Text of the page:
The Wild Swans at Coole
How we cite our quotes:
The trees are in their autumn beauty,
The woodland paths are dry,
Under the October twilight the water
Mirrors a still sky; (1-4)
The language of the first four lines anticipates or foreshadows the sad tone that becomes more prominent as the poem proceeds. "October," "twilight," and "autumn" all describe literal things (a month, a season, a time of day) that are associated with darkness and gloom. As the poem proceeds, the speaker describes a more emotional kind of gloom.
I have looked upon those brilliant creatures,
And now my heart is sore. (13-14)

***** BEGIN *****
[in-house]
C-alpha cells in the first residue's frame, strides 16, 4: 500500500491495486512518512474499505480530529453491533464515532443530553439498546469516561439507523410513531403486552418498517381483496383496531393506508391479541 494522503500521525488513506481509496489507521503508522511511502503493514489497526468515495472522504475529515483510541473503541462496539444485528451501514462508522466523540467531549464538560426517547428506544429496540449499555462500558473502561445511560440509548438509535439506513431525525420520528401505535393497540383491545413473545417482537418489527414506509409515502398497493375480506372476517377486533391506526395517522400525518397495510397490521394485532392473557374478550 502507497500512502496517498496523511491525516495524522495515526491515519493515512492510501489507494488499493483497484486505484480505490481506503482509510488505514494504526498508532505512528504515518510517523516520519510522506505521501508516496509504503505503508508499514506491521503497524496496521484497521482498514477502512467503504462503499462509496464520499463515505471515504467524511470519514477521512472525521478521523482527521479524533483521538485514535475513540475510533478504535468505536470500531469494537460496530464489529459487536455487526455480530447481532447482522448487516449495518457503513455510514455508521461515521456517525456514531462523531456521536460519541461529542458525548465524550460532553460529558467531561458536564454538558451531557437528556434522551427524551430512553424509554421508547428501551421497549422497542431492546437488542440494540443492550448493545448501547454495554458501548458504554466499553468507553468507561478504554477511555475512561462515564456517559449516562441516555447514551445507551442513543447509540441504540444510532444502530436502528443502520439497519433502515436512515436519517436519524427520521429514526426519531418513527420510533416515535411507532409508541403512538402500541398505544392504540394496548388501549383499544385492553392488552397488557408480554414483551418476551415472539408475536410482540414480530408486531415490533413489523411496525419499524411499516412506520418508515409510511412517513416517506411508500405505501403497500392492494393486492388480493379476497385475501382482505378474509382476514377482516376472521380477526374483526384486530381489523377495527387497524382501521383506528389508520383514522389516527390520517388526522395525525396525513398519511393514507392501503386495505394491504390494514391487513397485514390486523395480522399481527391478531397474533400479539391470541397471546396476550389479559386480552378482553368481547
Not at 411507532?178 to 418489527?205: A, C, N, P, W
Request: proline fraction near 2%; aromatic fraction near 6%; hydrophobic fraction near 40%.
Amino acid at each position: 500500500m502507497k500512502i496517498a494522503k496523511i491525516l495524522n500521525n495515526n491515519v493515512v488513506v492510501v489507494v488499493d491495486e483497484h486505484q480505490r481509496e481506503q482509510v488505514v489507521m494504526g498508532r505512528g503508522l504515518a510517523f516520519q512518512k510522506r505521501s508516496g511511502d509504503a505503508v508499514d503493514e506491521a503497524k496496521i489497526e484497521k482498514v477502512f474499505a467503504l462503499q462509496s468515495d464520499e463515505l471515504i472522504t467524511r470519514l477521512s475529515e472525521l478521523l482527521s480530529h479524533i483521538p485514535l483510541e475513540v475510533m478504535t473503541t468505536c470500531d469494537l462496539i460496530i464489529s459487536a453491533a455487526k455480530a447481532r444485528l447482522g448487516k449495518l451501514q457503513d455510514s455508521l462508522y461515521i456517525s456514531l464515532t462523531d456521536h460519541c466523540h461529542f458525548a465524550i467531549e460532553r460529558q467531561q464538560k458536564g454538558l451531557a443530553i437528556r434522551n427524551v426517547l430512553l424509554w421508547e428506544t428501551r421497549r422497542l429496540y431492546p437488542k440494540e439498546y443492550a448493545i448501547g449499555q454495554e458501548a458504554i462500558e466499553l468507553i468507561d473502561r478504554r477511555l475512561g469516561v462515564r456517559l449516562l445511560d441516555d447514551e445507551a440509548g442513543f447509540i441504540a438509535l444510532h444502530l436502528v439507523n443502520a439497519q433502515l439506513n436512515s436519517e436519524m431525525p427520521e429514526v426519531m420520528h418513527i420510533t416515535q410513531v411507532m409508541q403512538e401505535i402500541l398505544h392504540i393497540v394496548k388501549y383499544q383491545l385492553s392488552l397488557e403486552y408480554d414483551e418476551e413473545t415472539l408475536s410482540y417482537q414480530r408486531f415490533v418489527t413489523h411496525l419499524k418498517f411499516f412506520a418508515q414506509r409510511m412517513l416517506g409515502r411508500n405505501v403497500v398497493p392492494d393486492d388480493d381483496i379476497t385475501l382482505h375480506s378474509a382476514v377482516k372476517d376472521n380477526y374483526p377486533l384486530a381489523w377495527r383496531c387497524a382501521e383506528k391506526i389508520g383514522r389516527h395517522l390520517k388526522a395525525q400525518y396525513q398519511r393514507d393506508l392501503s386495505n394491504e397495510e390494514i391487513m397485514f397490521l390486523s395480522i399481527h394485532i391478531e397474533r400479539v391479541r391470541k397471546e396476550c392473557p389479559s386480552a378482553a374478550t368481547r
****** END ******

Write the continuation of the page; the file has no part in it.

The speaker offers an interesting scenario here: after he looks on something "brilliant," he feels sad. It is probably because he realizes that he's changed, and so has the world, while these magnificent animals have not. The swans are still "brilliant," but life isn't so brilliant (people kill each other, people die, bad things happen).
All's changed since I, hearing at twilight,
The first time on this shore,
The bell-beat of their wings above my head,
Trod with a lighter tread. (15-18)
We get the sense that things are changed, and not for the better. It is interesting that the speaker separates the word "I" from "trod with a lighter tread." It is as if the speaker wants to avoid talking about how things used to be different (it makes him sad).